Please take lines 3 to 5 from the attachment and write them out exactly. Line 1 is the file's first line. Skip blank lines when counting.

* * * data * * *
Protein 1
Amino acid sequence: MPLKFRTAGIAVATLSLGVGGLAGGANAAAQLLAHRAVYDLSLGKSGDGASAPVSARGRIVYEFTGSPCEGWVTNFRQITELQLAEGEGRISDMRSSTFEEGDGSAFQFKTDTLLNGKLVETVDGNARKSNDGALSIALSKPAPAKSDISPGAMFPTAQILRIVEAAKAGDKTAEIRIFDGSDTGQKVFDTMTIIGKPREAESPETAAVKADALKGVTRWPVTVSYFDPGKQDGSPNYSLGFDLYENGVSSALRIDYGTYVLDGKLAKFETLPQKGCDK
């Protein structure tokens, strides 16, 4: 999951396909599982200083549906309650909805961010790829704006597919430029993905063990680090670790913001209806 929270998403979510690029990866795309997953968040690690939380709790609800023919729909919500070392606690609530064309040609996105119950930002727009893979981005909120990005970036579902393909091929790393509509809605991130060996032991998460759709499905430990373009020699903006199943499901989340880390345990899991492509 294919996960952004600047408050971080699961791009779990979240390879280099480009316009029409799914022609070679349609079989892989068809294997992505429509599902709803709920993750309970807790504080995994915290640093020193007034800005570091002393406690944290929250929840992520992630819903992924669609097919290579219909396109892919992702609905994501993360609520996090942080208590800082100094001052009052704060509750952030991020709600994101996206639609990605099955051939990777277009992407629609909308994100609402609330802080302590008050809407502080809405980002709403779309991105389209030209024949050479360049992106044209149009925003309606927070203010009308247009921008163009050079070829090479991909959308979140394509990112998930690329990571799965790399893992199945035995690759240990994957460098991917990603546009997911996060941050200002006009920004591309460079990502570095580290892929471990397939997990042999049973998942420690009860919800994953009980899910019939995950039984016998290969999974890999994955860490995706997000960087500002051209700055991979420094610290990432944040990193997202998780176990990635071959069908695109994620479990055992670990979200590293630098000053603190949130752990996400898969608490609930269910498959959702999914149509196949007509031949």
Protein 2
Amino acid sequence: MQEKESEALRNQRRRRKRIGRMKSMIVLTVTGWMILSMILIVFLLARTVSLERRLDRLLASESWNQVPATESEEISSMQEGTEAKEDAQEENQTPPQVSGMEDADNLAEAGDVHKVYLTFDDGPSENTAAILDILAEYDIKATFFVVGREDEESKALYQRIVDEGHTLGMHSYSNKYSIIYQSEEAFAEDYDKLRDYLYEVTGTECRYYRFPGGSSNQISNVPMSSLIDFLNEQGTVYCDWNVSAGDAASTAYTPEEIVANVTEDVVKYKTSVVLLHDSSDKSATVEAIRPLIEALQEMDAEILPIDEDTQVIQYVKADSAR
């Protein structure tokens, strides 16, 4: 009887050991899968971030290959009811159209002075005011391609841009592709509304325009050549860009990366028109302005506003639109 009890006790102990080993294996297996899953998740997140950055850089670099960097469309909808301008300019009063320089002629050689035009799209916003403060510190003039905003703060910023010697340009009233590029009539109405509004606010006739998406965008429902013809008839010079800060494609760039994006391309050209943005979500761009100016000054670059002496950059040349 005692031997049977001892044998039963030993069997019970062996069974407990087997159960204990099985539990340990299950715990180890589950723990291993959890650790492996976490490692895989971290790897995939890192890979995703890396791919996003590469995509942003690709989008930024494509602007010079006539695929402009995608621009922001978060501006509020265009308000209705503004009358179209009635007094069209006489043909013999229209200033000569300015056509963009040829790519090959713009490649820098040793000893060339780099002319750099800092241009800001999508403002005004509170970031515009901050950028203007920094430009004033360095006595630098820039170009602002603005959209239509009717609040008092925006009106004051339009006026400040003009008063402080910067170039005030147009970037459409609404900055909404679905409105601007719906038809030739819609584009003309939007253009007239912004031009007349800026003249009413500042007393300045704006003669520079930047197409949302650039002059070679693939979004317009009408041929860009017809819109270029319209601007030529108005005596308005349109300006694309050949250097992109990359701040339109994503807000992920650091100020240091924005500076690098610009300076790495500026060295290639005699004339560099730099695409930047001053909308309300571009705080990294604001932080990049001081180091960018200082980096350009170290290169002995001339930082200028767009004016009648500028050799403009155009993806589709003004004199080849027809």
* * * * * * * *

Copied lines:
């Protein structure tokens, strides 16, 4: 999951396909599982200083549906309650909805961010790829704006597919430029993905063990680090670790913001209806 929270998403979510690029990866795309997953968040690690939380709790609800023919729909919500070392606690609530064309040609996105119950930002727009893979981005909120990005970036579902393909091929790393509509809605991130060996032991998460759709499905430990373009020699903006199943499901989340880390345990899991492509 294919996960952004600047408050971080699961791009779990979240390879280099480009316009029409799914022609070679349609079989892989068809294997992505429509599902709803709920993750309970807790504080995994915290640093020193007034800005570091002393406690944290929250929840992520992630819903992924669609097919290579219909396109892919992702609905994501993360609520996090942080208590800082100094001052009052704060509750952030991020709600994101996206639609990605099955051939990777277009992407629609909308994100609402609330802080302590008050809407502080809405980002709403779309991105389209030209024949050479360049992106044209149009925003309606927070203010009308247009921008163009050079070829090479991909959308979140394509990112998930690329990571799965790399893992199945035995690759240990994957460098991917990603546009997911996060941050200002006009920004591309460079990502570095580290892929471990397939997990042999049973998942420690009860919800994953009980899910019939995950039984016998290969999974890999994955860490995706997000960087500002051209700055991979420094610290990432944040990193997202998780176990990635071959069908695109994620479990055992670990979200590293630098000053603190949130752990996400898969608490609930269910498959959702999914149509196949007509031949």
Protein 2
Amino acid sequence: MQEKESEALRNQRRRRKRIGRMKSMIVLTVTGWMILSMILIVFLLARTVSLERRLDRLLASESWNQVPATESEEISSMQEGTEAKEDAQEENQTPPQVSGMEDADNLAEAGDVHKVYLTFDDGPSENTAAILDILAEYDIKATFFVVGREDEESKALYQRIVDEGHTLGMHSYSNKYSIIYQSEEAFAEDYDKLRDYLYEVTGTECRYYRFPGGSSNQISNVPMSSLIDFLNEQGTVYCDWNVSAGDAASTAYTPEEIVANVTEDVVKYKTSVVLLHDSSDKSATVEAIRPLIEALQEMDAEILPIDEDTQVIQYVKADSAR